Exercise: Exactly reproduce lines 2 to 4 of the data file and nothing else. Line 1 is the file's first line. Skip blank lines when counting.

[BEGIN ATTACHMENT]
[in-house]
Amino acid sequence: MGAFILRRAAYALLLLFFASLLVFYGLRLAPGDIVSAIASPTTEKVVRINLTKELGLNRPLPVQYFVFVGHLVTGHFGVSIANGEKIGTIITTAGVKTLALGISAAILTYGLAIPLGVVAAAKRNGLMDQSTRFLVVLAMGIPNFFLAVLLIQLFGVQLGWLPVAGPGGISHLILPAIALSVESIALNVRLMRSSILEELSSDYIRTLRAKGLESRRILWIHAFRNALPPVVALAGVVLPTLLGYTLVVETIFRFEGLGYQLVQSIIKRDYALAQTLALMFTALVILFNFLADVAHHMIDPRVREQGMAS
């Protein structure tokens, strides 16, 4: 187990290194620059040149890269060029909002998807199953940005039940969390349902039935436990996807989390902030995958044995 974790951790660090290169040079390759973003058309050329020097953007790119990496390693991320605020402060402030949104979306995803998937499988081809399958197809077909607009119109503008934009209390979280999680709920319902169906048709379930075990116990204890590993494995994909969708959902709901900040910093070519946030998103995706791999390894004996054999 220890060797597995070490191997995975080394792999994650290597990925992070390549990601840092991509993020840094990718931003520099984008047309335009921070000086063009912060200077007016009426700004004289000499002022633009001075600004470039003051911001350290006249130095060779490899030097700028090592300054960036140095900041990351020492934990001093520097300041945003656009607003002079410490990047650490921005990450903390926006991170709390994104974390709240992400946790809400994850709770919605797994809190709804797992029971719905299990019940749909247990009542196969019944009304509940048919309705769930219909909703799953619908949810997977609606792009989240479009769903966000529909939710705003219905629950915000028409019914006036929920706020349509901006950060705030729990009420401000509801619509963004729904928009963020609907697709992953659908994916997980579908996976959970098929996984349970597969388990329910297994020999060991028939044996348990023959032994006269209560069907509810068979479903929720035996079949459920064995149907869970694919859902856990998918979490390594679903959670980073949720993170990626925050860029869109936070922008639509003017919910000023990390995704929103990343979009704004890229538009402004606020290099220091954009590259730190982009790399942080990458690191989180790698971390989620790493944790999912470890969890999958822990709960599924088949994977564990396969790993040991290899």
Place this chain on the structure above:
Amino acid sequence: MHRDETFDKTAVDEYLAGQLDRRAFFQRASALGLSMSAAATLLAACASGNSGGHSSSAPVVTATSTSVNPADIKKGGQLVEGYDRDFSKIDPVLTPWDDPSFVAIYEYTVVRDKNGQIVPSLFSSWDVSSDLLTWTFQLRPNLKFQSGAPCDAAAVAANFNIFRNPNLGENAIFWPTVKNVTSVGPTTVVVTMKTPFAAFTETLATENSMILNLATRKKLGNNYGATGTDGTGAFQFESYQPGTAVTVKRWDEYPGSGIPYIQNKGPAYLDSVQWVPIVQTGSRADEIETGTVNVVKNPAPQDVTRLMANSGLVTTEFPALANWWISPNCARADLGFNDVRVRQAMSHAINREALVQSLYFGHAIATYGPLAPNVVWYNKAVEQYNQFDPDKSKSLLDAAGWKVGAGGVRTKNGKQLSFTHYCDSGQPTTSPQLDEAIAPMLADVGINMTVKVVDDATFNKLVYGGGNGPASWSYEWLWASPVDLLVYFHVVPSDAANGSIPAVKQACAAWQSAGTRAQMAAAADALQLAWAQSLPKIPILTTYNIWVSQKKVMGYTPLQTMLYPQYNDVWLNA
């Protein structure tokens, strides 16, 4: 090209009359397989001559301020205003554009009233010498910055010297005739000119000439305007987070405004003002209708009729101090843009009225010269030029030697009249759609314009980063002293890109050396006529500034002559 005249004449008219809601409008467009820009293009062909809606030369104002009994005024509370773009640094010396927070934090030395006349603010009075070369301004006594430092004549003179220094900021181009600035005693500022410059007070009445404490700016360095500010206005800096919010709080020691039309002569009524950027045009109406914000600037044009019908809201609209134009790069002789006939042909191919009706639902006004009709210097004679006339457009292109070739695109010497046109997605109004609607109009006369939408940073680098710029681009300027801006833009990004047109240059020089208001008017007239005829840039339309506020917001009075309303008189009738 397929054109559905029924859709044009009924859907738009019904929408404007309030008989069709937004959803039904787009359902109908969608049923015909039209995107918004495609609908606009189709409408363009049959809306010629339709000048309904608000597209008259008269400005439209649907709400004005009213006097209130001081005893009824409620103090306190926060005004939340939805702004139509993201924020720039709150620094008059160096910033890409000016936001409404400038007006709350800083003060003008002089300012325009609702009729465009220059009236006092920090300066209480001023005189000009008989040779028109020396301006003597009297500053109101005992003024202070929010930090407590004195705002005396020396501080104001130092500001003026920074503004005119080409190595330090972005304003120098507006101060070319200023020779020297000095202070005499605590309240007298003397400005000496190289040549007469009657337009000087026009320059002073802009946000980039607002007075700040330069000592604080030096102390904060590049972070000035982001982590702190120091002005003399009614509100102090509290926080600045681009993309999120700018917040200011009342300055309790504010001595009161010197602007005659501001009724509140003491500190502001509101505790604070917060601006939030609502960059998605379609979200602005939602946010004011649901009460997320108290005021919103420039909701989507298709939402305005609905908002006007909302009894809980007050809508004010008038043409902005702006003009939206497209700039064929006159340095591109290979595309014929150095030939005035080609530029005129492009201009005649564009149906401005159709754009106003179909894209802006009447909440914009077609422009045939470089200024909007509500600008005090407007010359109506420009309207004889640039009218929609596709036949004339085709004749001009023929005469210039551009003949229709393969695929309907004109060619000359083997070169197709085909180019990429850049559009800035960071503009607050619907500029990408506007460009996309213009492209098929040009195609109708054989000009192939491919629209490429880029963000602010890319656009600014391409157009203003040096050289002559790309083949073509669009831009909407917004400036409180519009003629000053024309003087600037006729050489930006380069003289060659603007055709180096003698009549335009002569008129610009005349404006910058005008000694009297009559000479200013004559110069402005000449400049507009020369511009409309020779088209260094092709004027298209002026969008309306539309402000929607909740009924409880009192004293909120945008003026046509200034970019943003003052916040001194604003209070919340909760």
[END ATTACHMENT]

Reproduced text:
Amino acid sequence: MGAFILRRAAYALLLLFFASLLVFYGLRLAPGDIVSAIASPTTEKVVRINLTKELGLNRPLPVQYFVFVGHLVTGHFGVSIANGEKIGTIITTAGVKTLALGISAAILTYGLAIPLGVVAAAKRNGLMDQSTRFLVVLAMGIPNFFLAVLLIQLFGVQLGWLPVAGPGGISHLILPAIALSVESIALNVRLMRSSILEELSSDYIRTLRAKGLESRRILWIHAFRNALPPVVALAGVVLPTLLGYTLVVETIFRFEGLGYQLVQSIIKRDYALAQTLALMFTALVILFNFLADVAHHMIDPRVREQGMAS
């Protein structure tokens, strides 16, 4: 187990290194620059040149890269060029909002998807199953940005039940969390349902039935436990996807989390902030995958044995 974790951790660090290169040079390759973003058309050329020097953007790119990496390693991320605020402060402030949104979306995803998937499988081809399958197809077909607009119109503008934009209390979280999680709920319902169906048709379930075990116990204890590993494995994909969708959902709901900040910093070519946030998103995706791999390894004996054999 220890060797597995070490191997995975080394792999994650290597990925992070390549990601840092991509993020840094990718931003520099984008047309335009921070000086063009912060200077007016009426700004004289000499002022633009001075600004470039003051911001350290006249130095060779490899030097700028090592300054960036140095900041990351020492934990001093520097300041945003656009607003002079410490990047650490921005990450903390926006991170709390994104974390709240992400946790809400994850709770919605797994809190709804797992029971719905299990019940749909247990009542196969019944009304509940048919309705769930219909909703799953619908949810997977609606792009989240479009769903966000529909939710705003219905629950915000028409019914006036929920706020349509901006950060705030729990009420401000509801619509963004729904928009963020609907697709992953659908994916997980579908996976959970098929996984349970597969388990329910297994020999060991028939044996348990023959032994006269209560069907509810068979479903929720035996079949459920064995149907869970694919859902856990998918979490390594679903959670980073949720993170990626925050860029869109936070922008639509003017919910000023990390995704929103990343979009704004890229538009402004606020290099220091954009590259730190982009790399942080990458690191989180790698971390989620790493944790999912470890969890999958822990709960599924088949994977564990396969790993040991290899």
Place this chain on the structure above: